Tuesday 16 January 2018

Ten crops have been grown in Mars-equivalent soil


Mark O'Beirne

Researchers have succeeded in growing ten crops in soil that mimicks the soil found on Mars, indicating there may be hope for growing food on the planet.

It may be easier to survive if stranded on Mars than The Martian made out, it seems. Researchers have succeeded in growing ten crops in soil that mimics conditions on the Red Planet.

The researchers managed to grow tomato, rye, radish, pea, leek, spinach, garden rocket, cress, quinoa, and chives in the soil, so future inhabitants may have some tasty and nutritious salads to look forward to.

Lead researcher Wieger Wamelink from Wageningen University & Research centre in the Netherlands said, "The production of biomass on the Mars soil simulant was lower than on Earth control, but it was a minor difference and caused by one of the trays that showed less growth.”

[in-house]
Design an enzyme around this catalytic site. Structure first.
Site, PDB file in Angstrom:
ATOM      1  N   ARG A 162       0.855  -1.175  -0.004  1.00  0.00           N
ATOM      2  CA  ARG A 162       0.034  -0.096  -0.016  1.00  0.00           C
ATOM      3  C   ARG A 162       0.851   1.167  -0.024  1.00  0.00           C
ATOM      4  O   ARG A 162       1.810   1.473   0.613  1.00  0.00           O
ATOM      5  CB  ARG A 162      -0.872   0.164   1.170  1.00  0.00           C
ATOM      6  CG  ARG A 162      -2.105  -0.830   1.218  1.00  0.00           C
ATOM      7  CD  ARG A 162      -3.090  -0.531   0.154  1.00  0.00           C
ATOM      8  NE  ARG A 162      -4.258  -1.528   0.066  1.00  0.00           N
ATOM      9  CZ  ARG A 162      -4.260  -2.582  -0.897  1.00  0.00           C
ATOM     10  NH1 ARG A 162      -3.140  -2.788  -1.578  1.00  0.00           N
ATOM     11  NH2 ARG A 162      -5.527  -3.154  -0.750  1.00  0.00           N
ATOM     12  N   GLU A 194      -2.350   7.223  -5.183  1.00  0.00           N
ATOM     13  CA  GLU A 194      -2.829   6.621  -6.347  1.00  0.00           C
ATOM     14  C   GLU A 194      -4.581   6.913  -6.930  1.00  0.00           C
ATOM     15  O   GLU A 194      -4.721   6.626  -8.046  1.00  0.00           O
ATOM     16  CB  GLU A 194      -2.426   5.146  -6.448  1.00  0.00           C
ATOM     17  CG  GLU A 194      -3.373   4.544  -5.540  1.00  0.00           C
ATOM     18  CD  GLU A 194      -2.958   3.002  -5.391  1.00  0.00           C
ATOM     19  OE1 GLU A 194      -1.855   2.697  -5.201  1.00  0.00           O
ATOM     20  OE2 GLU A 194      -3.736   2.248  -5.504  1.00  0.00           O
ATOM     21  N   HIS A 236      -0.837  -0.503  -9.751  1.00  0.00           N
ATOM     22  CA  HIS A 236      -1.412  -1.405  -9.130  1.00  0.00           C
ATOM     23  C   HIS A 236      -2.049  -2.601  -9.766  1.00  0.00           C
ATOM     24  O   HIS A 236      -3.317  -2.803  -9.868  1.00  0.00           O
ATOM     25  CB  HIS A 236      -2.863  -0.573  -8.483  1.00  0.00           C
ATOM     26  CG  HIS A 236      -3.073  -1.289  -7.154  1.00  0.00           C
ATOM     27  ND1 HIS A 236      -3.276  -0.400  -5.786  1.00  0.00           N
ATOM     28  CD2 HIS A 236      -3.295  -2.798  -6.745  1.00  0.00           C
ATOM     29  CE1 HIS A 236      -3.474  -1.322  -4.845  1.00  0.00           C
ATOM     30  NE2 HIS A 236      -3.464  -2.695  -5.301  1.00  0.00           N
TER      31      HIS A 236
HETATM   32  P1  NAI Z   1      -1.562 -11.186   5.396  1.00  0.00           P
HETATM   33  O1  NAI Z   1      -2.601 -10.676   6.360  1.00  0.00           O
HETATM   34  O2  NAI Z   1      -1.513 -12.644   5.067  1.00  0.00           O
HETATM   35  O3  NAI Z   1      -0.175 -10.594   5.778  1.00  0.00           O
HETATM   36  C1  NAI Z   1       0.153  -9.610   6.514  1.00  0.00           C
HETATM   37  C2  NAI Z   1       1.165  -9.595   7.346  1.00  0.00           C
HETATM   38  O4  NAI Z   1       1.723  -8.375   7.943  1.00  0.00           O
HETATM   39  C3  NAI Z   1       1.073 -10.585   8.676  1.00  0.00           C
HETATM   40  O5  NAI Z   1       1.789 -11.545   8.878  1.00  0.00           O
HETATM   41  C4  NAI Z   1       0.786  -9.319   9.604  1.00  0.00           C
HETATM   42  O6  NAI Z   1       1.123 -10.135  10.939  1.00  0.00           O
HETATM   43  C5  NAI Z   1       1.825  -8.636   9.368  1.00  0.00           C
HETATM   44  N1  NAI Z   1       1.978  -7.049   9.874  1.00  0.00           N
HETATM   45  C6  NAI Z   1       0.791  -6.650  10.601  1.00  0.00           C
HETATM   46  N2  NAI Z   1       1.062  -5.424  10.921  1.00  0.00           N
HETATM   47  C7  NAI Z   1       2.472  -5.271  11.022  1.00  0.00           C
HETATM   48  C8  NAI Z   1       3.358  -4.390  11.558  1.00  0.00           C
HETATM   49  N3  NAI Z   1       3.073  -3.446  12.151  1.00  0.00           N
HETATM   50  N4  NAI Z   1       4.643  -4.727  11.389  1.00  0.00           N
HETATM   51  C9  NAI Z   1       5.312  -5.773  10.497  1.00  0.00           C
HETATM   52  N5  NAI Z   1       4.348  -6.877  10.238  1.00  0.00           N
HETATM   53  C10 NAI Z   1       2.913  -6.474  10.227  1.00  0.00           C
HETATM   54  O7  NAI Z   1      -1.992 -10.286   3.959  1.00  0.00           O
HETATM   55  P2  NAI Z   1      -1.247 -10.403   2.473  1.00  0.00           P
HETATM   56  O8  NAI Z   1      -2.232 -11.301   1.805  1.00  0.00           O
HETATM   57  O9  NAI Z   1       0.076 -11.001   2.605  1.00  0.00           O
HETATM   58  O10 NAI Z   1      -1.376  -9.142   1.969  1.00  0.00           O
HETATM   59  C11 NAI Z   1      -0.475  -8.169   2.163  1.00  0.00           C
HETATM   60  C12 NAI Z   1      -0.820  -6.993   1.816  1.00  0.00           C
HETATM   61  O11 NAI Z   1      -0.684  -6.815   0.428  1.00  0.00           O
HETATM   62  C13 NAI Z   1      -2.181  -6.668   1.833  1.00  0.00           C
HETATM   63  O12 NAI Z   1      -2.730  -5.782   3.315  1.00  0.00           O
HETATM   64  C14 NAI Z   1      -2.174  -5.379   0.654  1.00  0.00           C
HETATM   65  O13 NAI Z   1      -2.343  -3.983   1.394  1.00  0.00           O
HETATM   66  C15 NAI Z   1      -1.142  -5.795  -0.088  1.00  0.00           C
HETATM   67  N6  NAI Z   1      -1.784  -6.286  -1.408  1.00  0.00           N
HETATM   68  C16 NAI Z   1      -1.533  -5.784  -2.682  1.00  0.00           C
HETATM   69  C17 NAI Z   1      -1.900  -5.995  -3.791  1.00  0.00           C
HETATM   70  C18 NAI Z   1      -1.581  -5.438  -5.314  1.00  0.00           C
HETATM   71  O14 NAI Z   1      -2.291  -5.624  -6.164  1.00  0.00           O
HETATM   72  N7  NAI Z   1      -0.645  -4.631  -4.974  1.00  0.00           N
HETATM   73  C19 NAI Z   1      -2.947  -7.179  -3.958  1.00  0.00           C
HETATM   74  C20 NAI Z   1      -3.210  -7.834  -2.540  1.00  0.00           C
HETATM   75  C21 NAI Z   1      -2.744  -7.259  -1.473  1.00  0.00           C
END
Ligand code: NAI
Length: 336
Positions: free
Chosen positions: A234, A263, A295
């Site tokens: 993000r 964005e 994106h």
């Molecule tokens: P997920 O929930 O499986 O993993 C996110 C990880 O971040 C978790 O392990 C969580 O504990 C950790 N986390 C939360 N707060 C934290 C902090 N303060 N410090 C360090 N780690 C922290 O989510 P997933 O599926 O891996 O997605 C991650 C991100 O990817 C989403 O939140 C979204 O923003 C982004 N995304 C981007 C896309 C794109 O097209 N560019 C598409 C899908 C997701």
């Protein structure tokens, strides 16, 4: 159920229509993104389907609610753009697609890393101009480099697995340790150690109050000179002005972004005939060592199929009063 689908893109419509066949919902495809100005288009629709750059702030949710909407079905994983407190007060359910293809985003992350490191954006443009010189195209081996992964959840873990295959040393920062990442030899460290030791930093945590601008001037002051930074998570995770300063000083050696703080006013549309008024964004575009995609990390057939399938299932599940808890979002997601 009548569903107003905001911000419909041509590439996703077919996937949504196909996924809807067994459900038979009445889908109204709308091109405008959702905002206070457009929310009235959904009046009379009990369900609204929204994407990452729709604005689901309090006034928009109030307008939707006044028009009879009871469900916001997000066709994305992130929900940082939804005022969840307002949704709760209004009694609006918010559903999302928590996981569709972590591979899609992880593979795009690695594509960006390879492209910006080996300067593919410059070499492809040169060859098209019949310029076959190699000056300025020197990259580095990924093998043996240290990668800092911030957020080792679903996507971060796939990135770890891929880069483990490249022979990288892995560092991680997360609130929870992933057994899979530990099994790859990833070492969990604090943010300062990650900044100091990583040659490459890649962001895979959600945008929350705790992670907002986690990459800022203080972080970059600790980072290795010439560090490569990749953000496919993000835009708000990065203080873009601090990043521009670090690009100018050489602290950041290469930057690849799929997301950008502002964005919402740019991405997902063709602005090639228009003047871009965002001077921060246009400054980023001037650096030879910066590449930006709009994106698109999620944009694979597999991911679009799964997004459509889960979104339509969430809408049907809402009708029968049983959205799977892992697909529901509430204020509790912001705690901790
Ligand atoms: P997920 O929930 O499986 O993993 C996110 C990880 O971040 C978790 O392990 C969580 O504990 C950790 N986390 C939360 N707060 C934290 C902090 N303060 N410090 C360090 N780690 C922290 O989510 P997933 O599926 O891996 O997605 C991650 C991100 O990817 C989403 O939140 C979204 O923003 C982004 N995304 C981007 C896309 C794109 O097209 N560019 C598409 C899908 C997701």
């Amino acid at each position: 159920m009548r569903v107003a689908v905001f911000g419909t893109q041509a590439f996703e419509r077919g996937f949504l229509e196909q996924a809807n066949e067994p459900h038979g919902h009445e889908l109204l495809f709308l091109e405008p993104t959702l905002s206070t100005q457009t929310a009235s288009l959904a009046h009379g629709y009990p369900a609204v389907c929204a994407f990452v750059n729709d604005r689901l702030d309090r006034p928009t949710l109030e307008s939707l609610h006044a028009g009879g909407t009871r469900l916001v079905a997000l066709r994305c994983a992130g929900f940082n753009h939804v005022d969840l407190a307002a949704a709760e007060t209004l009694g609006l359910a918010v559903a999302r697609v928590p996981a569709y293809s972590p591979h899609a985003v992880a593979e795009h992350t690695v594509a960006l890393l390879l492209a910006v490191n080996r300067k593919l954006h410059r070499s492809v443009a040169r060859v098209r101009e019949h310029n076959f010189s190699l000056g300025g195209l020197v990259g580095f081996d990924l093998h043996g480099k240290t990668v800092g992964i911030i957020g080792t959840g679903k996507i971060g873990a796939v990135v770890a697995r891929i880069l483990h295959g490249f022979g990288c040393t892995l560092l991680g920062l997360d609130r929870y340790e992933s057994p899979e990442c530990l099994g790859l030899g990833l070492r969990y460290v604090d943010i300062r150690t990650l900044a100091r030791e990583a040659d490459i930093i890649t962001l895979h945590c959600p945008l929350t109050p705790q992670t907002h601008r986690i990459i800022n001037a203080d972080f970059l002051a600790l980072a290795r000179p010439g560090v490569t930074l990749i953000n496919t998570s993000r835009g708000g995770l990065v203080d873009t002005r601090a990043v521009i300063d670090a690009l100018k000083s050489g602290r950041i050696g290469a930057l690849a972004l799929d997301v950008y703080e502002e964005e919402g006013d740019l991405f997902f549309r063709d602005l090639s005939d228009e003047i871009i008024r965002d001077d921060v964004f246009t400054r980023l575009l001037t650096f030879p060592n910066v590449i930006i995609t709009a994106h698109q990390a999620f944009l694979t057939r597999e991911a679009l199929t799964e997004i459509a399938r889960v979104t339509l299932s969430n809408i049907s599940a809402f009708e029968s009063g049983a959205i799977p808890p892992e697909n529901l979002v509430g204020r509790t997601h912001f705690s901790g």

"That was a real surprise to us. It shows that the Mars soil simulant has great potential when properly prepared and watered."

The researchers also managed to grow the same batch of crops in soil that mimicked Moon soil.

However, those with green fingers shouldn’t pack their bags just yet. It was just the soil that was mimicked rather than the rest of the conditions; the crops were grown in a a glass house under Earth's atmosphere, with stable humidity, light, and temperature.

Wamelik explained, "We expect that first crop growth on Mars and Moon will take place in underground rooms to protect the plants from the hostile environment."

And people haven’t eaten the produce just yet, so we’ve no idea if it’s even safe to do so just yet. Expect more experiments to be conducted in the coming months.

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